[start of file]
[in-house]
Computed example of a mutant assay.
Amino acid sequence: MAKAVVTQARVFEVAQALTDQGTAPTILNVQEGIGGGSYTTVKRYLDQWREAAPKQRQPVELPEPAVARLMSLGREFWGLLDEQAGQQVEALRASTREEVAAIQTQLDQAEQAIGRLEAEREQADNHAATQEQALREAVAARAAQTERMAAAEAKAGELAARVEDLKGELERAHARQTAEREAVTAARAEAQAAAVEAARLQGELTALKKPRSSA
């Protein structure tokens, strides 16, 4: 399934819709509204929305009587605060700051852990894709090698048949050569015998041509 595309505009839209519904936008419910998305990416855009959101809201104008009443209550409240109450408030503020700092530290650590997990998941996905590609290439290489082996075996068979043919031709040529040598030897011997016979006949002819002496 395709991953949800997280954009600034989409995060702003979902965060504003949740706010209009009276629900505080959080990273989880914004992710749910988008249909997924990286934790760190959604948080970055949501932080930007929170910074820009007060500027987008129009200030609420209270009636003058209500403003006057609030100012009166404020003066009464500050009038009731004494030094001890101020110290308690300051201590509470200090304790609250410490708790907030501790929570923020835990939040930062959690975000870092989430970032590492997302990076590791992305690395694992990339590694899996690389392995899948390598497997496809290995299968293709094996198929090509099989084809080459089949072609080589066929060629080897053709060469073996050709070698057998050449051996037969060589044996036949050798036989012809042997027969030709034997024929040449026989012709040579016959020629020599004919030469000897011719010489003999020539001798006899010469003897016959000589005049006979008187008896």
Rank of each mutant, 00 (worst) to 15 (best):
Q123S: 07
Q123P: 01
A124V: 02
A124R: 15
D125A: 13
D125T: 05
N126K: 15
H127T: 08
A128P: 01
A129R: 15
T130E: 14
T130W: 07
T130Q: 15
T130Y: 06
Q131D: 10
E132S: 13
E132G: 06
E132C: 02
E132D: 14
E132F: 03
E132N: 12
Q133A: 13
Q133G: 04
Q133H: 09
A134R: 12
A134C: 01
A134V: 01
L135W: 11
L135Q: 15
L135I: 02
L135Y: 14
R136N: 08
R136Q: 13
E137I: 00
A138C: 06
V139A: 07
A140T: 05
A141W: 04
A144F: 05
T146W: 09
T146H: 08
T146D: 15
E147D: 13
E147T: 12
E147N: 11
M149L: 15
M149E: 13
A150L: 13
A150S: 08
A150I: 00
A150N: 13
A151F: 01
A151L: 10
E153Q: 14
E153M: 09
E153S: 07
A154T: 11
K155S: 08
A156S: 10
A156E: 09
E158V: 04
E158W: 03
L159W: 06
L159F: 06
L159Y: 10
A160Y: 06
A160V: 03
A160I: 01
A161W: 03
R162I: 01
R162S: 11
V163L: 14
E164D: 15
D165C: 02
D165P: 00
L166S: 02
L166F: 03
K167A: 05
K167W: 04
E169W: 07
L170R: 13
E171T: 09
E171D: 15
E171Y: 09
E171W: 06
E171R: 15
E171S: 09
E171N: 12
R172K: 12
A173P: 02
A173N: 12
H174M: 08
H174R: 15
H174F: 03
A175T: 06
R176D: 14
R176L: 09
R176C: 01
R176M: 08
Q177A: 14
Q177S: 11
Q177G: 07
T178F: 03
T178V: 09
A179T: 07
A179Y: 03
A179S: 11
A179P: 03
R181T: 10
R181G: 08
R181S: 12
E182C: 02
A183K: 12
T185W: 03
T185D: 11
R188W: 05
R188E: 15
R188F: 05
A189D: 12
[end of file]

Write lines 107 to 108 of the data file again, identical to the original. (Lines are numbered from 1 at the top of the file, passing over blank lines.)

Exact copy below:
Q177G: 07
T178F: 03